The statistics for asthma are of note. 1.1 million children (1 in 10) children in the UK suffer from asthma and in every UK classroom there are on average 3 children with asthma. It can pose a serious risk – in the UK every nineteen minutes a child is admitted to hospital because of the condition. Pet allergens, cigarette smoke and car fumes are three of the most significant triggers for an attack. There are treatments available if you are fostering babies, children or young people. If a child starts to experience problems breathing and asthma is diagnosed your GP may prescribe an inhaler. This is also known as a reliever which is a medicine that once inhaled provides instant relief. It quickly relaxes the airways making breathing easier. Fostering babies and toddlers with asthma requires a different approach – a nebuliser is used which creates a mist that is easily inhaled.
Asperger syndrome is a form of autism and is often regarded as a ‘hidden disability’. This is because it isn’t always easy to tell from people’s outward manner and appearance that they have Aspergers. As it is a form of autism the same ‘triad of impairments’ are present –
- difficulty with social interaction
- difficulty with social communication
- difficulty with social imagination
The most common cause of spasticity in children and young people is cerebral palsy. This includes various conditions that directly affect muscle control and movement. It is a condition that affects around 1 in 400 children. Where children are born with a brain injury leading to cerebral palsy, spasticity may not necessarily occur at birth. It is possible it may appear over time. Spasticity is the condition where certain muscles are continuously contracted. This can cause stiffness and tightness which can adversely affect normal movement, speech and posture. Cerebral palsy is the most common physical disability seen in childhood. It can be evident in the first twelve to eighteen months of life. It arises as a result of damage caused to the developing brain. In the majority of cases, brain injury resulting in cerebral palsy occurs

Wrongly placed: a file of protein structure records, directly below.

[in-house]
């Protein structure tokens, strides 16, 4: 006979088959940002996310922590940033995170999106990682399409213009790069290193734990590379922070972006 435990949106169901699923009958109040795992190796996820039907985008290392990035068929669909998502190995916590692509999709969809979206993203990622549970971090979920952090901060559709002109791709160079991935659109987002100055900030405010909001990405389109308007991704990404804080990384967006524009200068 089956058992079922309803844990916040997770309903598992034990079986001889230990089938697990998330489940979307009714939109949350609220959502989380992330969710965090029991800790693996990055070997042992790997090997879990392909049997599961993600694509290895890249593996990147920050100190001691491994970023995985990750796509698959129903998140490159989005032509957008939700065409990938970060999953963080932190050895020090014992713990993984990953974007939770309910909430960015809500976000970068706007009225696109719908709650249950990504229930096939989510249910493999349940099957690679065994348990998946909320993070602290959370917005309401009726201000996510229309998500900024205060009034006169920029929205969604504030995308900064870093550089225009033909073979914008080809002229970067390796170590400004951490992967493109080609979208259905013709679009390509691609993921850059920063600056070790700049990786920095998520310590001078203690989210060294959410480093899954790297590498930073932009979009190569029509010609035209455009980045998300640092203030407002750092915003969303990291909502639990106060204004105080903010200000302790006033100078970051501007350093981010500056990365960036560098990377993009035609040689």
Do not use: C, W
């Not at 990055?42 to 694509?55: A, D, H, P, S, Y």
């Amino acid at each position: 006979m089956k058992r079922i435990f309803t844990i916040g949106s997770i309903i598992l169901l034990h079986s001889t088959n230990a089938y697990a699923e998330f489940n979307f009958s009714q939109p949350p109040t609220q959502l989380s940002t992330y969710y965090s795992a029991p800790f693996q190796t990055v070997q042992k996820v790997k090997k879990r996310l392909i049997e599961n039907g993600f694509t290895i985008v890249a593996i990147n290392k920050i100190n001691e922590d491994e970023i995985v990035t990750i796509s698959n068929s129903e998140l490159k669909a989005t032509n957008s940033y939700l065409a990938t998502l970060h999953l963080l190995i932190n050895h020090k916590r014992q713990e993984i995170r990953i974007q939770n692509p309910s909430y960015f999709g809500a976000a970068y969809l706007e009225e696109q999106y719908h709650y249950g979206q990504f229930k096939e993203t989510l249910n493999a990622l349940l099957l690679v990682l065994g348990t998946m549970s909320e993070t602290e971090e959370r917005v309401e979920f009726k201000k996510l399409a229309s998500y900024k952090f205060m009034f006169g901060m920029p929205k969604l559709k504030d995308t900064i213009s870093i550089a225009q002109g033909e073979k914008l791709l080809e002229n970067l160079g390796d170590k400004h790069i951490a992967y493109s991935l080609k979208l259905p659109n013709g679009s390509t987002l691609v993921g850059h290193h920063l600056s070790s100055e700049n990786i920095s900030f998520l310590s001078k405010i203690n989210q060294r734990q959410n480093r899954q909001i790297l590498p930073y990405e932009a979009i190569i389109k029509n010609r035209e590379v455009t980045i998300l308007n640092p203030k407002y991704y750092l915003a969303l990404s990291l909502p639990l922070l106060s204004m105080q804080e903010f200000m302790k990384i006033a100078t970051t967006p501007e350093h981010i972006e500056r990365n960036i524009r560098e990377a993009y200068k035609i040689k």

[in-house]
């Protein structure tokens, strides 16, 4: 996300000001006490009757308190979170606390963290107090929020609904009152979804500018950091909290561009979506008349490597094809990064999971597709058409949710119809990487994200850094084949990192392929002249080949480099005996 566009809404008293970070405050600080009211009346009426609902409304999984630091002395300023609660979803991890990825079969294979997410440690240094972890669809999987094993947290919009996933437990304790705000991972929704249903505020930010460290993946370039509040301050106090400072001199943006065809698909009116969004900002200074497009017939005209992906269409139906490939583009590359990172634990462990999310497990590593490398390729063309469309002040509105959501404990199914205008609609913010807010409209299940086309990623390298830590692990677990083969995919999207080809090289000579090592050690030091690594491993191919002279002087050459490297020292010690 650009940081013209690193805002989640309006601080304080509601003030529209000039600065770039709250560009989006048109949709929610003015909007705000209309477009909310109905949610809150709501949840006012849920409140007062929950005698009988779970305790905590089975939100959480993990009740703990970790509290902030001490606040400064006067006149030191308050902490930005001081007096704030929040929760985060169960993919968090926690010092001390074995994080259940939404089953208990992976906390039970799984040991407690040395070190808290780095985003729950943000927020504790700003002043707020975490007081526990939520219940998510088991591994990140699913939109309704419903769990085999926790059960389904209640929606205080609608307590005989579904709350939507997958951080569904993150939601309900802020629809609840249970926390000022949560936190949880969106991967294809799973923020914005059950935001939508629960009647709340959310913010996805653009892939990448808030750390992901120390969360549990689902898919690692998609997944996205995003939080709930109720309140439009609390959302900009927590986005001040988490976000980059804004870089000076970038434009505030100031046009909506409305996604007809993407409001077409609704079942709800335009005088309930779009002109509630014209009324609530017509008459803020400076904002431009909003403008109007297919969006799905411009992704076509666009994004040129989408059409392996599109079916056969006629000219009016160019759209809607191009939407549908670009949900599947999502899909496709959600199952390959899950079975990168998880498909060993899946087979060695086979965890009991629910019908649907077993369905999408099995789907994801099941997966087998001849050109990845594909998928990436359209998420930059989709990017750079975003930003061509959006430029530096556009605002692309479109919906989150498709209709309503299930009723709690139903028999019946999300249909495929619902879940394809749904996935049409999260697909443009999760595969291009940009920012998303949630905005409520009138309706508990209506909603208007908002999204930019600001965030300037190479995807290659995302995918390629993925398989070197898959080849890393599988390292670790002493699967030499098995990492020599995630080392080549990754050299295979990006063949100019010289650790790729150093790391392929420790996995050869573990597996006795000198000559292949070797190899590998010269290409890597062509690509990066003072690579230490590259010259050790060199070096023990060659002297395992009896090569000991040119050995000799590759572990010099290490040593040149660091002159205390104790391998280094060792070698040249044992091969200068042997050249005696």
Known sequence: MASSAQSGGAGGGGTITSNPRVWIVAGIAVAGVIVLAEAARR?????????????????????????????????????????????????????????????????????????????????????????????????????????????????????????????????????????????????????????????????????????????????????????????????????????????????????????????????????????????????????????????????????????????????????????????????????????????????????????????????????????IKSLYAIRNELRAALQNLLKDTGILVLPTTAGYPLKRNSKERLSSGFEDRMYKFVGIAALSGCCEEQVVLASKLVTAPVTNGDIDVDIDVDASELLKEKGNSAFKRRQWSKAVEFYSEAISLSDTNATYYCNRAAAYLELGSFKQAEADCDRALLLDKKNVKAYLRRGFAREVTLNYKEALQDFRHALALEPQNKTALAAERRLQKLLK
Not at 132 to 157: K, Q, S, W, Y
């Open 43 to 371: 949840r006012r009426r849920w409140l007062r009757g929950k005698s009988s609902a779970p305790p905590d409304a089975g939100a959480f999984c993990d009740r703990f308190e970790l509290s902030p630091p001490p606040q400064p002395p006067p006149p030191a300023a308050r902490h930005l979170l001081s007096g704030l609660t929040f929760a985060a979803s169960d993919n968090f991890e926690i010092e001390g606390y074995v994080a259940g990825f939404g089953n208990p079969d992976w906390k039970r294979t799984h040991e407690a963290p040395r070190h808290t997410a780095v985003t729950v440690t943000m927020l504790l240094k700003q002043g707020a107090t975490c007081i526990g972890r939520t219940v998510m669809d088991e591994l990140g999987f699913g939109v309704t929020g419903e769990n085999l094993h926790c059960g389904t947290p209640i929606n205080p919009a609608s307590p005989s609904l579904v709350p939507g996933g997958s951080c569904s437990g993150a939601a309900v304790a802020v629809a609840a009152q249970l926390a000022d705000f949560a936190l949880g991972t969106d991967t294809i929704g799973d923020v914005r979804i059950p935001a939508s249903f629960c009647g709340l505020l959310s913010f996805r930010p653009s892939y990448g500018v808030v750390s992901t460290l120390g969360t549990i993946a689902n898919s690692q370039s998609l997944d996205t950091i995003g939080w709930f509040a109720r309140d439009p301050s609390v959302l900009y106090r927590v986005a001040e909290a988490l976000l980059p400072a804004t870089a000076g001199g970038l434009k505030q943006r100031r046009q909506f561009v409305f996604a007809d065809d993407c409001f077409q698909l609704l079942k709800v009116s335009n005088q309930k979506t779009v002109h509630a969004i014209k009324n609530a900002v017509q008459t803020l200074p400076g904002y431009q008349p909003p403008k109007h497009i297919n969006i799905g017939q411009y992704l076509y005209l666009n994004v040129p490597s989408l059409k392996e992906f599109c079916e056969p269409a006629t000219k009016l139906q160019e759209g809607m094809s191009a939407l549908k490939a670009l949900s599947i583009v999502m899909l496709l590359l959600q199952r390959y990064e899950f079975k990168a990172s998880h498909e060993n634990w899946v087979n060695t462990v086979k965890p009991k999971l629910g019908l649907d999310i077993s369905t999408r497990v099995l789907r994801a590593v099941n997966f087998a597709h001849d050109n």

There is a disturbing rise in the numbers of children being affected by Type 1 and Type 2 diabetes.Type 1 is an autoimmune condition resulting in the destruction of insulin producing beta cells – the result of damage caused by the body’s own immune system. About 90% of people with type 1 do not have a family history of the condition. So far in excess of fifty genes have been identified that can increase an individuals chance of developing Type 1. There is ongoing research into environmental factors that may play a part. As an independent fostering agency, Rainbow keeps abreast of trends that feed through into issues impacting upon children and young people. The statistics raise concerns: roughly 400,000 people in the UK are currently living with Type 1 diabetes and over 29,000 of them are children.
The World Health Organisation (WHO) now views childhood obesity as a serious public health issue on a global scale. In this country, approximately one million school children are monitored by the National Child Measurement Programme (NCMP). They look at the height and weight of children.From their research, a disturbing picture of obesity is emerging. The latest figures give rise for concern – especially when it is known obese children and teenagers are at a much greater risk of developing a range of health problems - and remain obese as adults. Their latest figures reveal that for 2014/15 19.1% of Year 6 children 10 – 11 years were obese with a further 14.2% being overweight. 9.1% of Reception children 4 – 5 years were obese and a further 12.8% being overweight. Obesity at an early age can result in complex needs in later life. This is why a healthy balanced diet is so important.